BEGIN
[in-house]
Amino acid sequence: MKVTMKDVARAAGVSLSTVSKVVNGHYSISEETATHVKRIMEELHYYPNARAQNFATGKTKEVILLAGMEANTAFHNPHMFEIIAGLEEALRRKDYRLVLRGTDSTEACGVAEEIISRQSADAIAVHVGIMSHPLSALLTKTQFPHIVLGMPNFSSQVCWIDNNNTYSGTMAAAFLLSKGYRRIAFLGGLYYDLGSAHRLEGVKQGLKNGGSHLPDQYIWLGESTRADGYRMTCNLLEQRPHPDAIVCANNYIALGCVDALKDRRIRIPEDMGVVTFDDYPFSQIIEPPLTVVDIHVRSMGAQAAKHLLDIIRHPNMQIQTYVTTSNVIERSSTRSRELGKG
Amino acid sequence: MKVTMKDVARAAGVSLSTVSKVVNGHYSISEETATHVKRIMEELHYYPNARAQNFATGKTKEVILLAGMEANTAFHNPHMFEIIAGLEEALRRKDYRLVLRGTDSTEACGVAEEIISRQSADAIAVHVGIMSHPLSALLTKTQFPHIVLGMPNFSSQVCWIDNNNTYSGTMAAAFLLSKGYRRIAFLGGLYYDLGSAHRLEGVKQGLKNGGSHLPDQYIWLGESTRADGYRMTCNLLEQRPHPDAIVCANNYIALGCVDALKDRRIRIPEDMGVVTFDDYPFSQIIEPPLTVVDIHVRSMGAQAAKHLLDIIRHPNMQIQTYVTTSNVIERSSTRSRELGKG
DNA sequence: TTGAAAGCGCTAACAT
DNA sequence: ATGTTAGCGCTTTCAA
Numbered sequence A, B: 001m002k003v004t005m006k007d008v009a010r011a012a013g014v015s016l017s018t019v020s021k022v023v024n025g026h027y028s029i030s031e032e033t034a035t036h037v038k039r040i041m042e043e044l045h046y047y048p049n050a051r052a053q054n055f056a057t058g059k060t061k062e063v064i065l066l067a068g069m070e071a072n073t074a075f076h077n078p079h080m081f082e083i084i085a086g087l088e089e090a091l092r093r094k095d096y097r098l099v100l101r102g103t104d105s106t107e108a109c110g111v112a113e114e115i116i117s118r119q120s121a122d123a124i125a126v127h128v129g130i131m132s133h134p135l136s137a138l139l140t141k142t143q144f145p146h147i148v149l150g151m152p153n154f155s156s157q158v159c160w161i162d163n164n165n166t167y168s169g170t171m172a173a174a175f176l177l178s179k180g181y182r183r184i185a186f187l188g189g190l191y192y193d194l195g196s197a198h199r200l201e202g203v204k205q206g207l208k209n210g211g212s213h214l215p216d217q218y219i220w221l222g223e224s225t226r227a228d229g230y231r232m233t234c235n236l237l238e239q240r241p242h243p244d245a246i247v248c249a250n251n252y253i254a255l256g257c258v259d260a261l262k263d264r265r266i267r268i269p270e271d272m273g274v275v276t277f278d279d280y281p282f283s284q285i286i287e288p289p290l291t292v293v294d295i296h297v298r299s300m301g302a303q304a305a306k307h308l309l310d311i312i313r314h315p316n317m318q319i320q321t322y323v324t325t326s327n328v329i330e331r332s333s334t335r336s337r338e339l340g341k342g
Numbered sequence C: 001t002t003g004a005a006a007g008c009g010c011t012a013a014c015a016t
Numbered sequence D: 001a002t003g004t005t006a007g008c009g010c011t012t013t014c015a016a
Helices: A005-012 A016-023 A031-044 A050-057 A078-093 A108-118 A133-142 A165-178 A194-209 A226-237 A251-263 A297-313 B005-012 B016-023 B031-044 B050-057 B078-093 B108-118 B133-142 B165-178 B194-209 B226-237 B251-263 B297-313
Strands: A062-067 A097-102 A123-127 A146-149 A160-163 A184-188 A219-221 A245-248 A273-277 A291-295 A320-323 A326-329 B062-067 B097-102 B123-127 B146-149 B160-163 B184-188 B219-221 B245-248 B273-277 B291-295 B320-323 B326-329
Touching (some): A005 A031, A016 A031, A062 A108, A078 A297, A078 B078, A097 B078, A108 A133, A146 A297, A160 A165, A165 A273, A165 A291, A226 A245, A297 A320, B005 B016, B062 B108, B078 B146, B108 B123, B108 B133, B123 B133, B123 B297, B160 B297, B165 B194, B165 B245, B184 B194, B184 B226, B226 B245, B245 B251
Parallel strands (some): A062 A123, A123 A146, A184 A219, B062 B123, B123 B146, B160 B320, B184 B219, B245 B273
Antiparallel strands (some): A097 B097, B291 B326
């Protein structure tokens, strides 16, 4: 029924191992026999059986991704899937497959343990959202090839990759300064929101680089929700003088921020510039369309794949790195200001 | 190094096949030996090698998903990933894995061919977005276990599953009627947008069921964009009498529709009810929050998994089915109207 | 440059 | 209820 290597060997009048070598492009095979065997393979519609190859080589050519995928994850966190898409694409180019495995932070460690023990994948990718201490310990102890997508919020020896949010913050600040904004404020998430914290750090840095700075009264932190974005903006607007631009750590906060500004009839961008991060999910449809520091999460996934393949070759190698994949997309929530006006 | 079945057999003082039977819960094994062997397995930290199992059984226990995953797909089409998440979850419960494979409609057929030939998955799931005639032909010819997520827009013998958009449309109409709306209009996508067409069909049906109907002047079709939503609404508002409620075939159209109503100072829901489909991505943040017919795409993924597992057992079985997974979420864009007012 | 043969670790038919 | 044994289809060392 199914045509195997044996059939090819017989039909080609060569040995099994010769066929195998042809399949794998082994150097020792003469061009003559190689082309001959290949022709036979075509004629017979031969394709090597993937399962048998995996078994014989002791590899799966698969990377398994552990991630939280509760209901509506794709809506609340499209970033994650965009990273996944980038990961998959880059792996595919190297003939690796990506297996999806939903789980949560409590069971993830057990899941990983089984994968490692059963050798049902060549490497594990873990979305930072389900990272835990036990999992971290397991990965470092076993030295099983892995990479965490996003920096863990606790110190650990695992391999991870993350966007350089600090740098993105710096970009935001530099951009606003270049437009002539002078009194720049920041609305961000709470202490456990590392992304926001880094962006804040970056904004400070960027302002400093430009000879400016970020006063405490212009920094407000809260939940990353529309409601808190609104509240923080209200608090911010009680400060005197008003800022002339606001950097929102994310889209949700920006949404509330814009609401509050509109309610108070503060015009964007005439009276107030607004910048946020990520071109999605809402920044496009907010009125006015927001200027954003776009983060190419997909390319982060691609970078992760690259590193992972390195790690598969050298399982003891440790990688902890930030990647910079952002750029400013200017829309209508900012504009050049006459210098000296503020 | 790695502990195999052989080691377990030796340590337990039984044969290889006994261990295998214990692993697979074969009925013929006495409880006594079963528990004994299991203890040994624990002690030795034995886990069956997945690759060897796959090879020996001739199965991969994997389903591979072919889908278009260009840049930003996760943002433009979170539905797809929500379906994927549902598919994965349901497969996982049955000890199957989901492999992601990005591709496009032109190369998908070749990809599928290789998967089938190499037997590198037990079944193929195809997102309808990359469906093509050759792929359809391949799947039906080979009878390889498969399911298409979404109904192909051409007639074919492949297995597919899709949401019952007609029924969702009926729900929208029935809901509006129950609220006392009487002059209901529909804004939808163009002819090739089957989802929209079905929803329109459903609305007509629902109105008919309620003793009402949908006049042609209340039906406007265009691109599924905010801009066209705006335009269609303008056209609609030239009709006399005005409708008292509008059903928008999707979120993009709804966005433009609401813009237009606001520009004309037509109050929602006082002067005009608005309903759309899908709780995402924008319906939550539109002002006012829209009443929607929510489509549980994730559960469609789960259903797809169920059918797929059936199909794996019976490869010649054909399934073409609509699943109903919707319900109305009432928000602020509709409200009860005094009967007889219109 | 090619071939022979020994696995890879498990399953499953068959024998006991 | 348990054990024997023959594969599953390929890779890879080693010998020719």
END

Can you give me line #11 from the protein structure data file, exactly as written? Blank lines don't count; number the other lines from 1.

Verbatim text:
Touching (some): A005 A031, A016 A031, A062 A108, A078 A297, A078 B078, A097 B078, A108 A133, A146 A297, A160 A165, A165 A273, A165 A291, A226 A245, A297 A320, B005 B016, B062 B108, B078 B146, B108 B123, B108 B133, B123 B133, B123 B297, B160 B297, B165 B194, B165 B245, B184 B194, B184 B226, B226 B245, B245 B251